My summer fest experience finished in mid-August with the Way Out West (WOW), a festival taking place in Göteborg (Sweden). This festival holds 4 main stages, some of which rather small and, therefore, with reduced capacity, plus a couple of stages at the Stay Out West, which I didn’t visit, accessible by bus from the main WOW venue.
The pitch in front of the stages is, in principle, alcohol- and food-free. That is, there are specific areas where to grab a bite or have a sip, and rather strict control when entering the pitches. This was a plus point, surely, as the pitch area didn’t end up so filthy as in any other fests. The same can be said of most of the other facilities. The fewer the people, the cleaner the venue. Mathematical.
In contrast with other fests I’ve attended, let’s say this one was not the one that offered the most impressive line-up of them all. But it was precisely because of that (and of my beloved Florence and The Machine, ehem) that I made up my mind to go, as there’s little chance that Ellie Goulding, Susanne Sundfør or First Aid Kit, to mention a few, set foot in Spain any time soon. It also included a few Scandi acts such as First Aid Kit, Kygo, Tove Lo, and Susanne Sundfør, among others. Besides, it offered some international great acts which, oh surprise, surprise, didn’t overlap with any other big names. The downside to this was, though, the consequent mass of people for certain acts, such as Future Islands, Years & Years, Pet Shop Boys or First Aid Kid, either due to the timing or the stage assigned.
suffering seeing Kindness again from the distance, Day 1 started with the timeless music of the Scottish band Belle and Sebastian. Their show was kind, friendly, no risks taken, including tunes from all their discography, without emphasizing much on their latest, more electrodance-y album Girls in Peacetime Want to Dance till the end of the show. Initially, they weren’t going to have videos in the backdrop but they managed to rent the huge screens in the background, courtesy of Pet Shop Boys, in exchange of £200, that is. If it hadn’t been for the videos, their show would have been just ok. While it is true that they are in full shape and that their show is dynamic and funny at times, the fun came from, essentially their frontman, Stuart Murdoch, only, who cordially invited some punters to dance to a couple of their tunes on the stage. The other members of the band did their job, yes, but not even their outfits, including a shopping bag when leaving the stage and the gown you could easily wear to do the yearly general clean-up of the house, showed they were going to play on stage in front of an audience. Stage presence, guys!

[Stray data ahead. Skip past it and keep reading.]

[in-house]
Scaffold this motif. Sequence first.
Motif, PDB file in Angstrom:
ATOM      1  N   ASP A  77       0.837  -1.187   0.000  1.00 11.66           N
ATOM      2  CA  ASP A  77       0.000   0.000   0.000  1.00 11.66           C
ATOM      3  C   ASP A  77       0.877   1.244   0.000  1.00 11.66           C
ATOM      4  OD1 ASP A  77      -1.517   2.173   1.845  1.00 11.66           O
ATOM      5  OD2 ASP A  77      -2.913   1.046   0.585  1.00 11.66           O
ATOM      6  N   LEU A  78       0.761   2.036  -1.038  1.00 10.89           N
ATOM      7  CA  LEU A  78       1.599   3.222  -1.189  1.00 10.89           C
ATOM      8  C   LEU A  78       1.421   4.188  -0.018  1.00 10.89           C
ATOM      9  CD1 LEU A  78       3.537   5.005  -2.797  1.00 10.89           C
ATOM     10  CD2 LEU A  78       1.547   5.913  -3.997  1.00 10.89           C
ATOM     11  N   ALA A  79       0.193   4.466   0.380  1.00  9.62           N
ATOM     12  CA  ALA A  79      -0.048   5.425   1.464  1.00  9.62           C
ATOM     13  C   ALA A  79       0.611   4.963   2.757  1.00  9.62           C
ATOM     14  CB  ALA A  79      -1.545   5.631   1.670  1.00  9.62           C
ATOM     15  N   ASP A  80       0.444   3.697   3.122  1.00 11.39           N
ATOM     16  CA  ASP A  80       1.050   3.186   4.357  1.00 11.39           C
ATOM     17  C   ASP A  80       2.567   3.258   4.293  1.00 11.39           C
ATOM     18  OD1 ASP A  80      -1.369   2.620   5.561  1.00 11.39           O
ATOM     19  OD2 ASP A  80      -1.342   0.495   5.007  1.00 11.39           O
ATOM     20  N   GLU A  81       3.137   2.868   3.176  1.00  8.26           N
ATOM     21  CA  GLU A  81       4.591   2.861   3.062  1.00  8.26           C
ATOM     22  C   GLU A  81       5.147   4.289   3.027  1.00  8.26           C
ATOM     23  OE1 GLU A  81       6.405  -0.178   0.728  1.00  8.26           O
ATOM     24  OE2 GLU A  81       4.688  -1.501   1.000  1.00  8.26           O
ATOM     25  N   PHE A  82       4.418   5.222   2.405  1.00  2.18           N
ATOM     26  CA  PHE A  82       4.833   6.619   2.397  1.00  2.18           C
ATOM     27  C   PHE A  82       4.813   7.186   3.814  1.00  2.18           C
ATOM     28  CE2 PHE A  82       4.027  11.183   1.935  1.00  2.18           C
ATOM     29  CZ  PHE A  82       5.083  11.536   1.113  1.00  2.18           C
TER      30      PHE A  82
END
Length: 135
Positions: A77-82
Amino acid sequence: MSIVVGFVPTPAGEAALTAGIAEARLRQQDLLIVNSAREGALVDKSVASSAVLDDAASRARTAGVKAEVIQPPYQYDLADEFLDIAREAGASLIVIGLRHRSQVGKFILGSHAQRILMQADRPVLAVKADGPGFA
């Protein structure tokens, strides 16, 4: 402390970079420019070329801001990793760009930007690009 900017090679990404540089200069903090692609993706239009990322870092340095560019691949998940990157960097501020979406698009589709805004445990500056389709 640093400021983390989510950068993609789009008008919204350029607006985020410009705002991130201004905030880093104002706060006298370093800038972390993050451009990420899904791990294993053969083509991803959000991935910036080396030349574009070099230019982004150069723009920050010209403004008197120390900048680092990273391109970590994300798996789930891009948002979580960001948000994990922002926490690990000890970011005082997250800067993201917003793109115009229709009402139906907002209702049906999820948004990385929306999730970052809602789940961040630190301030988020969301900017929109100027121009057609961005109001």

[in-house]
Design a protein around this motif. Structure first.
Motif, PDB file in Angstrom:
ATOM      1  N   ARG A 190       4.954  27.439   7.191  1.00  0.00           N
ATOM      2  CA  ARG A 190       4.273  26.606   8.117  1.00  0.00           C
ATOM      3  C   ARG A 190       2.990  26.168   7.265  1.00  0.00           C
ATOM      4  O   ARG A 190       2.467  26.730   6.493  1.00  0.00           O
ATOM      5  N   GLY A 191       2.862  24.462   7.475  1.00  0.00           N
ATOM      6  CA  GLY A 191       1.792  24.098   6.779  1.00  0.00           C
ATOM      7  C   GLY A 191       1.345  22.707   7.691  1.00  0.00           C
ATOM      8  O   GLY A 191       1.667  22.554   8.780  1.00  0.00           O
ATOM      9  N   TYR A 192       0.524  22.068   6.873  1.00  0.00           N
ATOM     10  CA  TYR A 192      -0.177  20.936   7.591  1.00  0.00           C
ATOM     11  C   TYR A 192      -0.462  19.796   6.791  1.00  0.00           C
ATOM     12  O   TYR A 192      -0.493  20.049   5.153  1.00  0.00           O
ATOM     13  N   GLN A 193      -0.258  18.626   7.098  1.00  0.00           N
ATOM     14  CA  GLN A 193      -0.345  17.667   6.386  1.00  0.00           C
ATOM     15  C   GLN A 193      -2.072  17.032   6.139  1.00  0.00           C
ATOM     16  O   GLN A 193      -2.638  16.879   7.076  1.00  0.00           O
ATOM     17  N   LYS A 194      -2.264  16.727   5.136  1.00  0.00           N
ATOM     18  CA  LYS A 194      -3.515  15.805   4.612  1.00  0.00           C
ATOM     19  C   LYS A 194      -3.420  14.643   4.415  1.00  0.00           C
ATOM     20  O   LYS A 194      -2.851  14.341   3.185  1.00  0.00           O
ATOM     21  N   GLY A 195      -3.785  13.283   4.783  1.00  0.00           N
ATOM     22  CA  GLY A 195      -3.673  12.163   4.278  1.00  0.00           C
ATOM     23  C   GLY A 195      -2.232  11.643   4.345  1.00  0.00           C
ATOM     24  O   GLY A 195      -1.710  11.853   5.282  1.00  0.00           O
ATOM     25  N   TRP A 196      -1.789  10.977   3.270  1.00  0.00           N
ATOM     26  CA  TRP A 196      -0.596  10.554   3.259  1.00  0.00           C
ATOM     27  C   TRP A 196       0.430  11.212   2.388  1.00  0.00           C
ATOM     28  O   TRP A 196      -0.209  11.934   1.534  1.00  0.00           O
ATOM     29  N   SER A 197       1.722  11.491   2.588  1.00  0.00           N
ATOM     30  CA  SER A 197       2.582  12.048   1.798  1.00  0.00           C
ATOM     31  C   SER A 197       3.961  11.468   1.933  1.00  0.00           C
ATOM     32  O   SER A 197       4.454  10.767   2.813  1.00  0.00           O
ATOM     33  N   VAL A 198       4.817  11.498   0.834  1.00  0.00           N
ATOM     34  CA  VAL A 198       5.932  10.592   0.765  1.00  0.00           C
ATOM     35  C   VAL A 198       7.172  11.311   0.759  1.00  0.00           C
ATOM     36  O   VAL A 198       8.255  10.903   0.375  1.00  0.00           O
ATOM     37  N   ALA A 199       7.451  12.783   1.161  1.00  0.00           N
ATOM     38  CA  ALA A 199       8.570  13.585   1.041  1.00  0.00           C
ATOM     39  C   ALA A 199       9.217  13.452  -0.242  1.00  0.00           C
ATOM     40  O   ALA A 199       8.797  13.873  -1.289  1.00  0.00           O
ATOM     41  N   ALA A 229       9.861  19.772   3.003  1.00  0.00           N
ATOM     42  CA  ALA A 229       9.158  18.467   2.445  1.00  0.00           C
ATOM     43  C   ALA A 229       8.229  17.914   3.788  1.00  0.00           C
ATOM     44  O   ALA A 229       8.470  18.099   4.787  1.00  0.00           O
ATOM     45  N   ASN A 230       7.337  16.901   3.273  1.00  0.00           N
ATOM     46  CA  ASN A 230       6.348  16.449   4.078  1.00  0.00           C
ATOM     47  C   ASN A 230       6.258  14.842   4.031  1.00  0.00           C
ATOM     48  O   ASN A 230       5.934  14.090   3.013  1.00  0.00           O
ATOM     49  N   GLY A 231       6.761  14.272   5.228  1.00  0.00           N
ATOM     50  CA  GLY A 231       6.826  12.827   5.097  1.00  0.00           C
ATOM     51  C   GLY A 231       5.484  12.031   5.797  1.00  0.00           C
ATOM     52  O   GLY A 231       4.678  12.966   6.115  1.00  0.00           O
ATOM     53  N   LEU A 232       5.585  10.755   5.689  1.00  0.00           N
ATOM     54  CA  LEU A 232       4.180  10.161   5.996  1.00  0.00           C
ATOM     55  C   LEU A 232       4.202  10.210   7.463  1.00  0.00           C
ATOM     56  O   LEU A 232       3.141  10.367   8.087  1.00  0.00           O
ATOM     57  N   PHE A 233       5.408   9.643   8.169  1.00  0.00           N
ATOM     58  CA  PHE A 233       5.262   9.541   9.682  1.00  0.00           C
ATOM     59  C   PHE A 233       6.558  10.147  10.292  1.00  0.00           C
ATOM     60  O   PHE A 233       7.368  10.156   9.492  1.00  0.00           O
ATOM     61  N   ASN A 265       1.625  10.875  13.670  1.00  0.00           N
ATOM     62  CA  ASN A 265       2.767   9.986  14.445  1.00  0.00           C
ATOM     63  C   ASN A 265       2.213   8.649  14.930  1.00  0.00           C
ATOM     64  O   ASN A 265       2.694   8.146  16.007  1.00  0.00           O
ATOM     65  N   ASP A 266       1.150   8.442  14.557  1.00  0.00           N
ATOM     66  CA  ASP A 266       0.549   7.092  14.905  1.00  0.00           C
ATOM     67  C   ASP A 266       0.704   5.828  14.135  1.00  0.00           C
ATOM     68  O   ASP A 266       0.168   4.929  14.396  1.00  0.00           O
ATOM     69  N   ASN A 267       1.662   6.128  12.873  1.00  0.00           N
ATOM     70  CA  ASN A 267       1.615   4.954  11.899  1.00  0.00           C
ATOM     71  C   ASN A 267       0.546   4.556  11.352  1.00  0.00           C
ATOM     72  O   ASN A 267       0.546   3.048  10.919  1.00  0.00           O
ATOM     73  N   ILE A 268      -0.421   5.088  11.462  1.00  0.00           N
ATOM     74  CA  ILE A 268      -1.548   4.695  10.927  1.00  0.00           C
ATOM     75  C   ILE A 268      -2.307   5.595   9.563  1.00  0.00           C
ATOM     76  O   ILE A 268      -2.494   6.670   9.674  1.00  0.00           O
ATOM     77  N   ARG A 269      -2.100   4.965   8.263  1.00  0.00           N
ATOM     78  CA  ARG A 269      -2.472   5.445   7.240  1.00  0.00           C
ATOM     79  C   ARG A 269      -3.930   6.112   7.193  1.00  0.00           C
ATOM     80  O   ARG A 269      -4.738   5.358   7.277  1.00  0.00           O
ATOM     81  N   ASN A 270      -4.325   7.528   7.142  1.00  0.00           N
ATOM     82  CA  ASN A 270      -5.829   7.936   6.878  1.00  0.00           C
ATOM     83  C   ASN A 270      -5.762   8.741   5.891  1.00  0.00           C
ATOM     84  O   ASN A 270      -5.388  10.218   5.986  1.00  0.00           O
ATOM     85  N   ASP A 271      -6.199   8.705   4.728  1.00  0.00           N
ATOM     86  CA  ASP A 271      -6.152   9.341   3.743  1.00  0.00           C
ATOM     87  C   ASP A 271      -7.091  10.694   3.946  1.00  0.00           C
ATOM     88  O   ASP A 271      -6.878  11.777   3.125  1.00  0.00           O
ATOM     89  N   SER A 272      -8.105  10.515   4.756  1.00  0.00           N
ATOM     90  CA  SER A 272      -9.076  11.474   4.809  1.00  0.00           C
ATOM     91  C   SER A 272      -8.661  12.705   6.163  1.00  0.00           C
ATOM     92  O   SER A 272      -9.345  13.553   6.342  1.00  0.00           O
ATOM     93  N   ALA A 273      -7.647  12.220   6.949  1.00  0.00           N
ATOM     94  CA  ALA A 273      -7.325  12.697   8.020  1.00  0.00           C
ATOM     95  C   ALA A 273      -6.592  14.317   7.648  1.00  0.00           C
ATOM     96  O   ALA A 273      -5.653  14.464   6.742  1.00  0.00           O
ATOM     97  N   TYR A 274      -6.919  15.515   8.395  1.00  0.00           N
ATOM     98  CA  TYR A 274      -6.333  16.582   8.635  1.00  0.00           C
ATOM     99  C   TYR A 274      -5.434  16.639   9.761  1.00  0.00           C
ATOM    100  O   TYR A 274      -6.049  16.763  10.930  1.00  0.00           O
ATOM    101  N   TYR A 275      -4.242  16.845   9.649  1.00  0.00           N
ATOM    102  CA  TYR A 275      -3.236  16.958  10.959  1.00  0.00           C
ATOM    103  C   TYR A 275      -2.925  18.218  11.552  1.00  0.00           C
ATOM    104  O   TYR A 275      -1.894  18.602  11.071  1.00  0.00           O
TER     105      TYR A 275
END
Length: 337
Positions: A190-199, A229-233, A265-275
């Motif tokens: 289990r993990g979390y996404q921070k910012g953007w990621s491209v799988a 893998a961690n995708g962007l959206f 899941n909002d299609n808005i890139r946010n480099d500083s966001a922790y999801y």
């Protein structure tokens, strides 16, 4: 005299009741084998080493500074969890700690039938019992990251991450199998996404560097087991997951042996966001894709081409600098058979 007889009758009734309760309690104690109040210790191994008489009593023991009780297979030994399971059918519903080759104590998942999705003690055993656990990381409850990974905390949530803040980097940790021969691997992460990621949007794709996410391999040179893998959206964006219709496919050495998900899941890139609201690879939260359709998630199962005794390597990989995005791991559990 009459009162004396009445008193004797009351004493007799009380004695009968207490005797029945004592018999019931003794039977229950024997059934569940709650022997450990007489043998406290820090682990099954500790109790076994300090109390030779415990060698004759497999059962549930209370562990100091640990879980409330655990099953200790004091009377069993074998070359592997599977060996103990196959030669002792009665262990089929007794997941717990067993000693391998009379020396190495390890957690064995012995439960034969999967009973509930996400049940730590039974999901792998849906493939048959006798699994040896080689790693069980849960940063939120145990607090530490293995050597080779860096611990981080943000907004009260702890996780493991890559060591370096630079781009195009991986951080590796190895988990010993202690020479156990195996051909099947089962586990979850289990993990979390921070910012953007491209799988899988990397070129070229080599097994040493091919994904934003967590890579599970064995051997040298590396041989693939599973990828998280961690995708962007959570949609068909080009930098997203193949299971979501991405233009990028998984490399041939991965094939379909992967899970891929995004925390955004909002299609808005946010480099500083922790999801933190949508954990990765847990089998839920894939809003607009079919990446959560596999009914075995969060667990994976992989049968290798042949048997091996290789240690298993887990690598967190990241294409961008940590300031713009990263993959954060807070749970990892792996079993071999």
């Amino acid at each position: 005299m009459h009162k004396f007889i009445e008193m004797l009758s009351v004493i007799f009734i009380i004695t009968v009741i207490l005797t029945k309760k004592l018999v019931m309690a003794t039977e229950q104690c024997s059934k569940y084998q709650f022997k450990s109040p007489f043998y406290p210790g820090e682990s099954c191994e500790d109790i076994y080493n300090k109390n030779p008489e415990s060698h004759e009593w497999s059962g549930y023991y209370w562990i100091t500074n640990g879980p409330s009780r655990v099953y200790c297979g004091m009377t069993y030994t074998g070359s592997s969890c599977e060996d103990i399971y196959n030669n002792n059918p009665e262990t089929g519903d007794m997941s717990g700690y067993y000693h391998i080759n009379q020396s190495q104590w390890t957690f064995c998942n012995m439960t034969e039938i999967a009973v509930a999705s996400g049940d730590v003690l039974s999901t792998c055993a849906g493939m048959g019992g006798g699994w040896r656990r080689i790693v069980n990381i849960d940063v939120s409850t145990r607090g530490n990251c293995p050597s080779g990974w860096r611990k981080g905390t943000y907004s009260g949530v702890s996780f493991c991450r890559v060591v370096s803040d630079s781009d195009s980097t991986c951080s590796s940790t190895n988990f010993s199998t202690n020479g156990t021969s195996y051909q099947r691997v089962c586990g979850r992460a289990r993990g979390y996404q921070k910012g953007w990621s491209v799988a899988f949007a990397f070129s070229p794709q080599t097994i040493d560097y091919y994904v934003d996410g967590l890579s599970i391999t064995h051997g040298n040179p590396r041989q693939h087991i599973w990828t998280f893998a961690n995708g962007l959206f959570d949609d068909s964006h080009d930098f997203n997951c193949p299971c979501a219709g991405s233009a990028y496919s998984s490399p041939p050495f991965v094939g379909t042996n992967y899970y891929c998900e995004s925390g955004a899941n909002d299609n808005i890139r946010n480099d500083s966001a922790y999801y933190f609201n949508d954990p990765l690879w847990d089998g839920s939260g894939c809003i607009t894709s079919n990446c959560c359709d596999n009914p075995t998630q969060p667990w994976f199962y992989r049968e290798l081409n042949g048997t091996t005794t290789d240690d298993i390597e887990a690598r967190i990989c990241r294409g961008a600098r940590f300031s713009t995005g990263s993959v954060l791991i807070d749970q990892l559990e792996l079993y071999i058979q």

Being late for the beginning of Future Islands‘s show, it was impossible for us to enter the Linné tent, we had
to make a supernatural effort to see Foxygen from the distance, while waiting for The War On Drugs, an American indie rock band who, in my view, released one of the best albums of 2014: Lost In The Dream. Theirs was a serious show, aiming at highlighting the grandness of their solo guitars and of their frontman’s peculiar voice and occasional ‘wooh’.
While their music live sounds impeccable, clean, brilliant, there is not much more to the show other than the perfect execution of songs of classy indie rock style.
Then we were forced to take the tough decision to skip the now super trendy Kygo (yep, first world problems * sobs *) in favor of the Norwegian singer-songwriter Susanne Sundfør. With some delay for technical reasons, we attended a gig that took a while to take off. The first part was (way too) experimental for a festival show and left part of the audience a bit out of place. Or maybe it didn’t. Difficult to state openly. However, even the very Susanne, once this part was over, went like ‘Let’s have some fun!’ (weren’t we supposed to be having fun from minute one?). In Sundfør‘s defence, it must be said that it can’t be easy to decide on a setlist when your catalogue covers so many different styles and registers. The most ‘difficult’ (to call them some way) tunes transported the audience to a sideral space where there was room for any synth or button Susanne felt like playing while going almost in a trance state. Her more danceable pop tracks, while involving the audience more easily, failed to sound so neat, yet it was blatantly obvious that the audience enjoyed them perhaps even more than the previous ones.
Beck was the cherry on top of the night. To be honest, I had no idea what I was about to listen to (* hides behind a rock *), but Beck won a new fan with his live show, including cute choreos and skits. Unable to say anything about the setlist or how the show unfolded accordingly, I will just say that seeing that man on stage made me think ‘I wanna take you home and press your belly button to make you play whenever I feel like it’. An artist to explore, for sure.